In This Issue:
1. Editor's Note: Firefox Q&A, Browsers, Ethics, And Sun
2. Today's Top Story
- Firefox Co-Creator On The Browser's Future, And More
- Mozilla Rolls Out Firefox 2.0 RC3, Nears Final
- Microsoft's Vista Changes Could Backfire On Disgruntled Rivals
- New Hacker Toolkit Cloaks Browser Exploits
3. Breaking News
- Sony To Recall Own Batteries, Reviews Financial Outlook
- Microsoft Opens Virtual Drives For Free
- EMC To Cut 1,250 Jobs, Stock Down 6%
- Microsoft Expects To Spend $7.5B On R&D In 2007
- HP Tries To Corral Those Pesky Servers
- Microsoft Aims 'Crossbow' Windows Mobile OS For 4Q Release
- Google Urged To Fix YouTube's Copyright Troubles
- Survey: CIOs Think Less Of HP, But Won't Alter Business Plans
- McAfee Unwraps Risk-Management Game Plan
- Google-Like Ad Search Supports Electronics Site
- Google Goes Solar
- Review: Sony's All-In-One PC Tries To Catch Your Eye
- Strong Sales Of Apple Macs Seen Offsetting Slowing iPods
4. Grab Bag
- Cell Phones Leaving Their Mark On Fashion (CNN)
- Web Numbers: What's Real? (BusinessWeek)
- Needed: A National Cybersecurity Law (BusinessWeek)
- The Power Of iPod (MSNBC)
5. In Depth: Spotlight On Sun
- Sun Builds Data Centers Inside Shipping Containers
- Sun Microsystems Unveils 'Portable' Data Center
- Sun Expands Virtualization Products, Services
- Sun's Fowler Maps The Future Of Computer Systems And Virtualization
6. Voice Of Authority
- The U.S. And EU Avoid A Midair Collision--Or Did They Just Postpone It?
7. White Papers
- Next-Generation E-Commerce For Retail: How To Optimize Cross-Channel Marketing, Sales, And Service
8. Get More Out Of InformationWeek
9. Manage Your Newsletter Subscription
Quote of the day:
"No tyranny is so irksome as petty tyranny: the officious demands of policemen, government clerks, and electromechanical gadgets." -- Edward Abbey
1. Editor's Note: Ethics 101
I received a one-line letter from a reader today, and I couldn't agree with him more:
"Do you realize that if anyone has to ask about ethics, they shouldn't be doing the job to begin with?"
I had a similar reaction when listening to the recent congressional grilling of HP CEO Mark Hurd and ex-chairwoman Patricia Dunn about the company's tactics when investigating a media leak within its board.
To recap for anyone who has been off the planet for the last month, HP found itself in hot water after it was revealed that outside investigators used questionable tacticsat least some of which appear to have been approved by HP executivesto investigate several board members, journalists, and even their families. In addition to misusing employees' Social Security numbers, going through trash, surveilling people, and considering planting spies in two news rooms, the investigators impersonated board members and journalists in order to obtain their phone records.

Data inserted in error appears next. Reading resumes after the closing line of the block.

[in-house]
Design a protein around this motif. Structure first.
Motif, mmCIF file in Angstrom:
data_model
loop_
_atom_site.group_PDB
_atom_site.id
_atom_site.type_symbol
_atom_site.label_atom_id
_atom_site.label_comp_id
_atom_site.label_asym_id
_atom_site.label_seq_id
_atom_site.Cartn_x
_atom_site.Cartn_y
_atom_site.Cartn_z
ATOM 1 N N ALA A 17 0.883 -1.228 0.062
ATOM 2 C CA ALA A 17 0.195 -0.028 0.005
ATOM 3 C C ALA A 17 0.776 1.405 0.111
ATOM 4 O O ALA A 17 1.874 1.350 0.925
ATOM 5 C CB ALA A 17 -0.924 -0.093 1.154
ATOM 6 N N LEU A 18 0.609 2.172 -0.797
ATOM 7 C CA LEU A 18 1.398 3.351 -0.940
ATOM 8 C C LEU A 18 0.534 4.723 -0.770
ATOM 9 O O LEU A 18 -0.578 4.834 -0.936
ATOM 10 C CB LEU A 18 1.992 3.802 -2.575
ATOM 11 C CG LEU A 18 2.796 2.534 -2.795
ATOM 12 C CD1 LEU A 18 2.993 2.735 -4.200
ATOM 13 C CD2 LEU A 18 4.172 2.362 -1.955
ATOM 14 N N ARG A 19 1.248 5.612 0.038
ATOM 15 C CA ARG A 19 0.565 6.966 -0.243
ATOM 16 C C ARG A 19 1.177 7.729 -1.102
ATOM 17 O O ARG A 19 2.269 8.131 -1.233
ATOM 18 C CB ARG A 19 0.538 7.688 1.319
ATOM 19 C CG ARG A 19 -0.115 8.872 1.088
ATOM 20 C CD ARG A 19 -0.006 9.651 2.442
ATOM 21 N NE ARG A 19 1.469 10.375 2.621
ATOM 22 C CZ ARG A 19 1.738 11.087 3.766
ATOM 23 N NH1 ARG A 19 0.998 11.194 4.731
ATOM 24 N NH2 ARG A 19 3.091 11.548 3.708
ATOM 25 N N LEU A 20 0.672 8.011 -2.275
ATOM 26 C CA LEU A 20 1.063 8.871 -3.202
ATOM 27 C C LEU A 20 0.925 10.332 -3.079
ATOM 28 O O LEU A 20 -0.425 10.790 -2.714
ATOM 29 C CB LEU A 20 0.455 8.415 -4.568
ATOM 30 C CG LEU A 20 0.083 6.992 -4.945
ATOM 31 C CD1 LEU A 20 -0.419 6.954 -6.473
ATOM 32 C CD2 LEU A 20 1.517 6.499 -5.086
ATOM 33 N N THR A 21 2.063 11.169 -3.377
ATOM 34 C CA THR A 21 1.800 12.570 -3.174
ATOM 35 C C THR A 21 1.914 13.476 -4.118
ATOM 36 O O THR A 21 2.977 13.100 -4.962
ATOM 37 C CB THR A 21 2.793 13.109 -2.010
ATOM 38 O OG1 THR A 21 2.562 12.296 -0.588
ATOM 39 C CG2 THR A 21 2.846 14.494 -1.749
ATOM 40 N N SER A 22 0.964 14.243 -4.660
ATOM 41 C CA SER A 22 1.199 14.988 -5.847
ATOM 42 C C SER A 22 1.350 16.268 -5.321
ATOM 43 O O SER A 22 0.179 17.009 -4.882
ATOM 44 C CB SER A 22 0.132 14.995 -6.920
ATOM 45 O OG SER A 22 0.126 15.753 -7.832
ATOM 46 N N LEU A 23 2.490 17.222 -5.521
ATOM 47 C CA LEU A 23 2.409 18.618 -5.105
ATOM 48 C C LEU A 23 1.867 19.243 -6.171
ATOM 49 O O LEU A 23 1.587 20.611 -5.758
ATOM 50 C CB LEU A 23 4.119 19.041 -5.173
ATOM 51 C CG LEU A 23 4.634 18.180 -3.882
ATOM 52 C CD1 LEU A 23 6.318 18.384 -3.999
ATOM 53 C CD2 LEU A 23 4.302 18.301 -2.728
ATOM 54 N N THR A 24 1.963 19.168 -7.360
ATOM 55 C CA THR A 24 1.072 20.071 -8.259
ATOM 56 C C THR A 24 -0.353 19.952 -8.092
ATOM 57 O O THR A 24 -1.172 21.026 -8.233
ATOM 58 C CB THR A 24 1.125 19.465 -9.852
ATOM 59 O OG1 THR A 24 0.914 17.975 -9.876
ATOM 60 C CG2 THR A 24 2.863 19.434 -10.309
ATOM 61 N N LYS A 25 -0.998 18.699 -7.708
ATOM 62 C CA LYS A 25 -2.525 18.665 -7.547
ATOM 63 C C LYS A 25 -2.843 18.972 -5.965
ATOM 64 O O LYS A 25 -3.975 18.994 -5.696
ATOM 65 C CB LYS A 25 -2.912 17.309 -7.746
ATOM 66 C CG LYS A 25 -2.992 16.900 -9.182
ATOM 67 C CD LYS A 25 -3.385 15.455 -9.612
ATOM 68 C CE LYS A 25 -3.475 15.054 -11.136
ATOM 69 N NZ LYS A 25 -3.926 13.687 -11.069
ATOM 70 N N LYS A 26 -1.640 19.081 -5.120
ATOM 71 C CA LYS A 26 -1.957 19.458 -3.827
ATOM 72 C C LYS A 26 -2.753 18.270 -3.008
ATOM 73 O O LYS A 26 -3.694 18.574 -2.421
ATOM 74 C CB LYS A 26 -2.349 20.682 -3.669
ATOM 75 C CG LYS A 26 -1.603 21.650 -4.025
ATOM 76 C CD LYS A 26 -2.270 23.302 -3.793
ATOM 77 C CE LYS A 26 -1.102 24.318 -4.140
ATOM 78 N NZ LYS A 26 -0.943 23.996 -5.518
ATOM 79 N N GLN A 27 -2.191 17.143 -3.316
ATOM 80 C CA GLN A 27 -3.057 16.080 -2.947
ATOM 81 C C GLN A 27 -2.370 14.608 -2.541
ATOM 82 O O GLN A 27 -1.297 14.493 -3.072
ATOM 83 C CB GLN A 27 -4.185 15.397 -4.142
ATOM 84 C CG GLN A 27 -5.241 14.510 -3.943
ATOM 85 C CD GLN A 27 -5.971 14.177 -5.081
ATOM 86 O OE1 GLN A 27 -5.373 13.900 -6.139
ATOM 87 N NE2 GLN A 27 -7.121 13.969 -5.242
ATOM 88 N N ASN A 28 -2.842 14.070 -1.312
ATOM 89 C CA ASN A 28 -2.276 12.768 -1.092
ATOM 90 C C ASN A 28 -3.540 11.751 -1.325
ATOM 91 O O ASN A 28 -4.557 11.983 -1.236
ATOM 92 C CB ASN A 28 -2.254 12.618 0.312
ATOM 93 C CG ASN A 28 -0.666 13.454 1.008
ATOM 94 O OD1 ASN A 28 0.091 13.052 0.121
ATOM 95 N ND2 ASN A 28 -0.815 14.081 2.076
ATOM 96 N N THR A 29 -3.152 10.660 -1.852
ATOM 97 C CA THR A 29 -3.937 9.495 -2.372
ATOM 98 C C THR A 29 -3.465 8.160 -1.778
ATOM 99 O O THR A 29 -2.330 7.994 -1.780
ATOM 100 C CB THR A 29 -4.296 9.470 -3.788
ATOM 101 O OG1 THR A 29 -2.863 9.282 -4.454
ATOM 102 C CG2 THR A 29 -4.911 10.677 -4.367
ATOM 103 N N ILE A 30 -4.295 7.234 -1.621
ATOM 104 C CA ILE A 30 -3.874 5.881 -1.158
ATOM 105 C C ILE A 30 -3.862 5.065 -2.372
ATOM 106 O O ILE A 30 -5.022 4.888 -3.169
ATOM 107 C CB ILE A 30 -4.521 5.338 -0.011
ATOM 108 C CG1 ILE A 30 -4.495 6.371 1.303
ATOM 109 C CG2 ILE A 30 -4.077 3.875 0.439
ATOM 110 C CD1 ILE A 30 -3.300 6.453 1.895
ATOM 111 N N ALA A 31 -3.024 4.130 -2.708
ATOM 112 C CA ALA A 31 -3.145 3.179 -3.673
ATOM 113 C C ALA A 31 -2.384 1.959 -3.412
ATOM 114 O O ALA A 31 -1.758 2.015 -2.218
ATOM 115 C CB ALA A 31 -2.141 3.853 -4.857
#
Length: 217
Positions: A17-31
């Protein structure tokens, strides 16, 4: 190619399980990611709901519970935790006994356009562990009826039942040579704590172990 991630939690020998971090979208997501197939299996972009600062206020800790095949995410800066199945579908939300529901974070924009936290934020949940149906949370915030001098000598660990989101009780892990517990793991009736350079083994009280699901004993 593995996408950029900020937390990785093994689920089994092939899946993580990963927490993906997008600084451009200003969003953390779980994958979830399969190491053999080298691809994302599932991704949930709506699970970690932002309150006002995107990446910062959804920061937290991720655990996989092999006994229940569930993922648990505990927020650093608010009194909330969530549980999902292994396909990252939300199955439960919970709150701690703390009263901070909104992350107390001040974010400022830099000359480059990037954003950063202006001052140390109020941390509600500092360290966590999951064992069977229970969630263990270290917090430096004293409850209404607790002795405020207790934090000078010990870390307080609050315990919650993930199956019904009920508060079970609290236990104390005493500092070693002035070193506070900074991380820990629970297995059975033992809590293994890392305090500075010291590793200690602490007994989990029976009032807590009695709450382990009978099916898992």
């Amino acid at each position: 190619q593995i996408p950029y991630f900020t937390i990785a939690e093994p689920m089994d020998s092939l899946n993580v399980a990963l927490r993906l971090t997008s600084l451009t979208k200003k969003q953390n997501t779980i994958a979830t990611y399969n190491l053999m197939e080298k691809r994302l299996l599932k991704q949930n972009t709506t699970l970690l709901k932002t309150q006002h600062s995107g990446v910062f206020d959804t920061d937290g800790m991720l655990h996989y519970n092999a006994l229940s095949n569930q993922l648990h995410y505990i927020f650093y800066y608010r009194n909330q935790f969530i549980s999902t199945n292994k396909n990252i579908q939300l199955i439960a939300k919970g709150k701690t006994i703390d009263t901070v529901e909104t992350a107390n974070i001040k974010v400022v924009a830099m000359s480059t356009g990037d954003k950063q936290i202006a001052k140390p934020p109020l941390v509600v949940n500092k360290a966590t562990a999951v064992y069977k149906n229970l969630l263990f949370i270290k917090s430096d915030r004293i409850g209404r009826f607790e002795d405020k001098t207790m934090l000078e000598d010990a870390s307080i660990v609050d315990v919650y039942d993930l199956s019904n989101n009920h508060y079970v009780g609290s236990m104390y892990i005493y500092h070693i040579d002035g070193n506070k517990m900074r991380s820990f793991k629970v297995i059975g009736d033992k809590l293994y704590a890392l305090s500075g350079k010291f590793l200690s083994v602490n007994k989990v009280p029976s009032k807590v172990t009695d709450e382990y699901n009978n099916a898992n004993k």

Back to the hearings. As I listened, I thought, are we supposed to believe it never occurred to either one of these executives that anything they were doing (or signing off on, as the case may be) might be unethical?
It never crossed their minds that handing out Social Security numbers, impersonation, and lying just might be wrong? Illegal even? Mark Hurd actually said something along the lines that he didn't think pretexting was illegal because no one told him it was.
Ca'maaaan. But is legality really the issue here?
Just because most states haven't gotten around to outlawing "pretexting" doesn't mean it shouldn't be obvious that it's an odious thing to do. (The feds have managed to make it illegal in three different statutesthat ought to be a clue.) And as one poster to a recent blog entry on HP pointed out, what's with calling it pretexting anyhow? What does that mean? Why not call it what it isfraud!
And then there's that responsibility thing.
It's been interesting watching first Dunn, then Hurd, do the duck dance. E-mails between Dunn and the investigators certainly give her the appearance of orchestrating the investigationswhich were named after the location of her vacation home. Yet she claims the idea she led the investigation is a "myth."
Hurd was equally fascinating. The buck stopped with him, he declared. He even apologized on behalf of the company, but... Yep, there were "buts" aplenty in there. You can read more about it by going to my blog entry here. Do you agree with our reader? Or do you think the whole Hewlett-Packard spying scandal was much ado about nothing?
Microsoft's Vista Changes Could Backfire On Disgruntled Rivals
IE7 will explicitly ask users which search engine they want to set as the default. The first time the browser is launched, it will display a list of search engines that will include Google, Yahoo, Ask.com, and othersmaking it perhaps too easy to switch around, one analyst says.
Google-Like Ad Search Supports Electronics Site
Supplyframe, a Web site offering on-demand price quotes and purchasing information for millions of parts, from semiconductors to capacitors, has tapped into the search advertising model typically found on consumer Web sites.
Google Goes Solar
With enough power for 1,000 average homes, Google's will be the largest solar electricity installation of any company in the country.
Sun Expands Virtualization Products, Services
Sun is introducing enhanced virtualization technology for its UltraSparc T1 CoolThreads servers that will let customers run up to 32 applications simultaneously on a single processor.
The U.S. And EU Avoid A Midair CollisionOr Did They Just Postpone It?
The European Union has approved a new agreement to share airline passenger data with U.S. law enforcement authorities. The deal settles, for now, a legal dispute that could have halted, or at least seriously disrupted, trans-Atlantic flights between Europe and the United States.
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